Buffa put it perfectly: “There is an amazing tool at our disposal: the Internet and computer. You can do anything. Anything. It’s created a new era for makers, designers, and how small businesses grow in ways it never could have 20 years ago.”
Mr. Anonymous, AKA H.P. Hovercraft AKA Rodney Amadeus Anonymous AKA Rodney Anonymous Mellencamp, is a beloved creature in our fair city. Dude’s a Chester County native who’s been with the Dead Milkmen since they were a basement project. He’s also a storied City Paper contributor (Aid or Invade is THE SHIT) and our own reigning mayor of Philadelphia. After his swearing-in, we were notified that he’d be declaring, in an official capacity, a list of his favorite albums of the year — yeah, the year’s not over, but so what? — and, unsurprisingly, they’re a little weird (especially alongside my comparatively downright cushy list). Hardcore freaks and metal heads will rejoice at his dark and dank list, and most of us will scratch our heads and think Damn, that’s a funny name for a band. Here you have it!
1. Skinny Puppy: Weapon
Sure, it would’ve been nice to hand the No. 1 spot over to some new kids on the angry, grimy block, but Skinny Puppy shot that plan all to hell by releasing a nearly perfect CD. This is a Criminal Age, indeed.
2. Vomito Negro: Fall of an Empire
Sweet Mother of Crap! From the distorted kick to the skull of the opening track “Enemy of the State” to the last note of the final song, this release just keeps going at full speed and never runs out of steam.
3. Jen Vix & Dirk Ivens: Fuck, Rinse, Repeat
The titular A-side of this single is a brilliant song, but it’s the B-side, the beautiful “Burn,” that is probably the best tune that you will hear in 2013.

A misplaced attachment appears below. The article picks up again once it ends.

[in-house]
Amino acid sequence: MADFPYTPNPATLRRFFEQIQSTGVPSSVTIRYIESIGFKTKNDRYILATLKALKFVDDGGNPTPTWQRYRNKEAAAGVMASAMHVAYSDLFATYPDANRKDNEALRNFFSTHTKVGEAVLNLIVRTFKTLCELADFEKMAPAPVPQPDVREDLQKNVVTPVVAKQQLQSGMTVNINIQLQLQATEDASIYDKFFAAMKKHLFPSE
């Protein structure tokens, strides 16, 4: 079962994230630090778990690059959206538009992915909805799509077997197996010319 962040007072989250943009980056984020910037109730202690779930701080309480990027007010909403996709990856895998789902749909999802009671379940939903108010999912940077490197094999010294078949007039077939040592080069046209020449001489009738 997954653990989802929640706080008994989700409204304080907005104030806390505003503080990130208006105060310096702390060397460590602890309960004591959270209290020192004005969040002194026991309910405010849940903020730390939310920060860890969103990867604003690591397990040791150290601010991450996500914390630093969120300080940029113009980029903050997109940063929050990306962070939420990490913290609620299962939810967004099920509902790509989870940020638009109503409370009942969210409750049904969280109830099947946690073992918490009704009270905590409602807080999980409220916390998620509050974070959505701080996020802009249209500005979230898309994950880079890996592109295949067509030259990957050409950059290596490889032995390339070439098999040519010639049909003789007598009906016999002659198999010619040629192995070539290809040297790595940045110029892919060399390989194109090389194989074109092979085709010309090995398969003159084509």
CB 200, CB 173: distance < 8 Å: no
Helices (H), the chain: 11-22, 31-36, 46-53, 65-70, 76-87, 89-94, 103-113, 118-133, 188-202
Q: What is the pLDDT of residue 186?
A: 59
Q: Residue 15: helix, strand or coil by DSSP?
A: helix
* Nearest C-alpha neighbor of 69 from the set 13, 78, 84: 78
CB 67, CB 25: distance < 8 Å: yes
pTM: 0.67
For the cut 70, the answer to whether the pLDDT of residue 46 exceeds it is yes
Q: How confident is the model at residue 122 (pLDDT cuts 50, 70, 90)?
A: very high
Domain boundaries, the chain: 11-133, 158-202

4. IAMX: The Unified Field
“I Come with Knives” is so infectious that repeated listening will likely leave you with a strange sore on your upper lip. That’s a small price to pay for such a solid CD.
5. Prometheus Burning: Kill It With Fire
Nearly everyone who’s heard this CD has suffered a neck injury from bobbing their heads along with it.
6. KMFDM: KUNST
As with Skinny Puppy, this is another case of a band that’s been around for decades bringing the adrenalin.
7. SNOG: Babes in Consumerland
How could you not love a CD that includes a song called “The Corporate Homoerotic Cyclists”?
8. Tweaker: Call the Time Eternity
Probably the most tragically overlooked release so far of 2013. Seek out the track “Nothing at All” (featuring Jessicka Addams from Jackoff Jill) and know joy.
9. Mindless Self Indulgence: How I Learned to Stop Giving a Shit & Love
Just for the lyrics “You’re gonna die alone / Oh, oh, oh shit yeah!” from “It Gets Worse,” this deserves a spot on everyone’s Top 10.
10. Terrorlokaust: Spit the Poison Out
This wonderfully ambitious and rhythmically complex release will jam the chorus of “Blood Starts to Leak” directly into your brain.
Our music issue’s only a small handful of days away, and we keep counting down to the big day (the 14th) by asking locals about where they love to shred and get blown away by their favorite bands. In this edition, we got Greg Woodward from the face-melting hardcore outfit, Plague Dogs, to say a few words about where he likes to perform and get weird while catching crazy talent, and it’s all over West Philly: